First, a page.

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For a Comparative History of Mathematics Education


Wagner Rodrigues Valente – Universidade Bandeirante de São Paulo; Universidade Nova de Lisboa.




History of mathematics education, Comparative history, ICMI/IMUK, Cultural history of mathematics education


The origins of discussions about the teaching of mathematics are lost in time. However, it is possible to evoke the creation of the International Mathematical Instruction Commission ICMI, in 1908, as an important mark: a turning point. At that point, it was characterized that mathematics and mathematics education are not of the same ilk and should hence not be confused one with the other. If the age of research in mathematics education is, at least, centennial, the area of studies called “history of mathematics education” is, in all indications, very recent indeed.

Seeking to build a research space of their own, studies about the history of mathematics education have been trying to show that they cannot be considered under the same lens as studies of the history of mathematics: the history of mathematics and the history of mathematics education do not overlap. Once we admit the specificity of the field of the history of mathematics education, the question of what kind of contribution this area can make to mathematics education arises. Pragmatically speaking, we can ask: what does the history of mathematics education offer? Answers to these interrogations can be related to a more general one: What is history for?

For what it is worth, in this text, the job of the historian is considered to be directly connected to our need to build understandings of our world and, given this perspective, its task is that of producing knowledge, through a specific project, in which the researcher is characterized as a historian. What does it mean to consider the historian’s work – the result of that which he or she produces – as knowledge? An epistemological starting point becomes necessary: all human practices represent a consortium –maybe it would be better to say dialectic– between innovation and heritage.

Thus, for example, the pedagogical practices of mathematics teachers always contain a dimension of the past and another which looks towards the future. Both contribute to the realization of original actions. This leads to the conclusion that, without historical knowledge of mathematics education, the possibility of a better understanding of the practices used by mathematics teachers in their daily work is lost.

It is usual that innovative proposals, at least those receiving social recognition, tend to come from outside of the schools for which they are intended. They originate, for example, within specialized research, that may (or may not) result in sustainable educational reforms. Without knowledge of the historical dimension contained in teachers’ actions, such proposals, generally speaking, are left somewhat fragile.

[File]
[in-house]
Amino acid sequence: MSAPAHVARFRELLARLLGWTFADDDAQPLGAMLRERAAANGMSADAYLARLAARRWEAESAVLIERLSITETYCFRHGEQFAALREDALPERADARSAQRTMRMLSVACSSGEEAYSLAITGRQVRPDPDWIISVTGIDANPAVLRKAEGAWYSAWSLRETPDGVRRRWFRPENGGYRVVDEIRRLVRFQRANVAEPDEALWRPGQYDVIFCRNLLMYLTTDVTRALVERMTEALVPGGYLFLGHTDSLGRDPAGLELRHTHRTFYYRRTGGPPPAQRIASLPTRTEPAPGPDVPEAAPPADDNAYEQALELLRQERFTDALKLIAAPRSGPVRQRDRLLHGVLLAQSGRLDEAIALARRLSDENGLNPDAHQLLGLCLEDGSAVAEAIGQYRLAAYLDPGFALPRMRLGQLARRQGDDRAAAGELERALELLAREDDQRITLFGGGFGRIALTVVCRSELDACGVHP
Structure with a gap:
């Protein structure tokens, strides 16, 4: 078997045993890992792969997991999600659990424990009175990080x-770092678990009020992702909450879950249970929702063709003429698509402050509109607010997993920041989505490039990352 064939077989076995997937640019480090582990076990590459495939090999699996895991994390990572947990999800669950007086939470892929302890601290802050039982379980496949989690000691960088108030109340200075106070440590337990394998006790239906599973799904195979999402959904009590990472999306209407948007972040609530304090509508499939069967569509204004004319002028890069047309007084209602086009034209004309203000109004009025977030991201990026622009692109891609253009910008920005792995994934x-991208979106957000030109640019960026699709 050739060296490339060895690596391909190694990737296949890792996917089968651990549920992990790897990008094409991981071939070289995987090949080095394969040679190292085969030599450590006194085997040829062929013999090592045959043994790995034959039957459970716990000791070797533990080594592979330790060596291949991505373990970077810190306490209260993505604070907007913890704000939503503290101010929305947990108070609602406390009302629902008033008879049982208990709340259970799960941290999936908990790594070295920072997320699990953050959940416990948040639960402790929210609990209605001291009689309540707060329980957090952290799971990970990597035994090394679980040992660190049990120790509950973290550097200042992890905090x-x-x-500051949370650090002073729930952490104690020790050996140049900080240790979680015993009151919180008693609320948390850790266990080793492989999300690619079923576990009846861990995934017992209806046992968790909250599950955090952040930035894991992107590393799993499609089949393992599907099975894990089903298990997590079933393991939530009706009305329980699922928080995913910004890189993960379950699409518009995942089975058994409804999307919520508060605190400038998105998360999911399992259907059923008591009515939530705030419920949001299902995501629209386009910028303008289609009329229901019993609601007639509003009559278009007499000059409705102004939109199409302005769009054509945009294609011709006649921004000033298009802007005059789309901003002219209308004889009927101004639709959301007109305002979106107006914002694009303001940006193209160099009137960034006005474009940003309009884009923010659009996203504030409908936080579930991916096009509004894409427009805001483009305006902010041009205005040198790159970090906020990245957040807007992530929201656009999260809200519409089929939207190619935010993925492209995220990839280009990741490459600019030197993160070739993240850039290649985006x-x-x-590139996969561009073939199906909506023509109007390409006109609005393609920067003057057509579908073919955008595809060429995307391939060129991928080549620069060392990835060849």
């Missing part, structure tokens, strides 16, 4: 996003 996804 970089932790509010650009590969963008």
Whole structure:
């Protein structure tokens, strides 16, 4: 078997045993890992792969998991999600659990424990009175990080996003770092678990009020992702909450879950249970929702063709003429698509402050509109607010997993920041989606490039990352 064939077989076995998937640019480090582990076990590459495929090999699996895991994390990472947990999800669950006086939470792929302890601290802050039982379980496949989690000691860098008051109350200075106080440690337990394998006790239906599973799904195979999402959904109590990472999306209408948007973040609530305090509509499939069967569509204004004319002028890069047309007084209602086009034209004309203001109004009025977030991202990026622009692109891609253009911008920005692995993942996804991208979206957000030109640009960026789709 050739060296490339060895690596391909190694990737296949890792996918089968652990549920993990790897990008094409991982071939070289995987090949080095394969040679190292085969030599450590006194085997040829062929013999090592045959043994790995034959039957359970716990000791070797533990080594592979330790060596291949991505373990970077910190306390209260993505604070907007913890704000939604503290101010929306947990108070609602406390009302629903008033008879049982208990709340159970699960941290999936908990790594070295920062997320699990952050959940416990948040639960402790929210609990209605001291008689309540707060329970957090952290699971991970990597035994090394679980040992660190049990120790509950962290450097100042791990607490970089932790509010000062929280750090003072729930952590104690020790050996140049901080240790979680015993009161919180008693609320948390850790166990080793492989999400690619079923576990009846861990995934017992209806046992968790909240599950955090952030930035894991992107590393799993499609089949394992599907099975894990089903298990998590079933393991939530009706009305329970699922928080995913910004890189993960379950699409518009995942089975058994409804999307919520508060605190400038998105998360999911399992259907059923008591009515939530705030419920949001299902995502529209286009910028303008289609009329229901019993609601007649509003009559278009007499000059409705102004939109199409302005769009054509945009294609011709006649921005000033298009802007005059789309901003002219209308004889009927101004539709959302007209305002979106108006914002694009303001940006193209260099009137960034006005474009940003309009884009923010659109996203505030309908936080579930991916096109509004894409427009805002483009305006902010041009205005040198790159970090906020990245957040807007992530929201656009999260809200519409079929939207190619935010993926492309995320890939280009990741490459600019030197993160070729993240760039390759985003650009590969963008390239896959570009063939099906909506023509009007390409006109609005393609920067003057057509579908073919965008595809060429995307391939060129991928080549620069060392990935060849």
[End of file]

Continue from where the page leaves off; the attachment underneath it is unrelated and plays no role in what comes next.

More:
Moreover, an observation, to which we shall return later in different terms, is pertinent here: knowledge of the history behind only the political policies and educational projects adopted at different moments in time can never represent an adequate picture of what happened in the past. Historical knowledge of various other factors including, for example, teacher's pedagogic practices and knowledge of how the job of being a mathematics teacher has been modified over time are also critical.

This brings to the scope of mathematics education the challenge emphasized in the writings of Roger Chartier and which occupied the intellectual life of Michel Foucault, Michel de Certeau and Louis Marin: how to conceptualize the relationships that maintain discursive productions within social practices? The reflections to be outlined in this lecture are intended to contribute to this problematic. What did mathematics teachers do with the prescribed curriculums and with innovative proposals for the teaching of their discipline in their classrooms in times past?

The presentation will seek to discuss this theme, not so much with the purpose to respond to these questions, but to explore what kind of theoretical and methodological considerations are most appropriate for this task. So as to avoid exaggerating the amplitude of the theme, two important contexts for mathematics education will be considered: the educational reforms in the beginning of the 20th century, where the creation of ICMI is emblematic; and what became known as the Modern Mathematics Movement, in the middle of the past century. Both served as key moments in attempts to internationalize the mathematics curriculum. Above all, it will be argued that the production of knowledge related to the theme of internationalization in the domain of mathematics education calls for a historical comparative approach.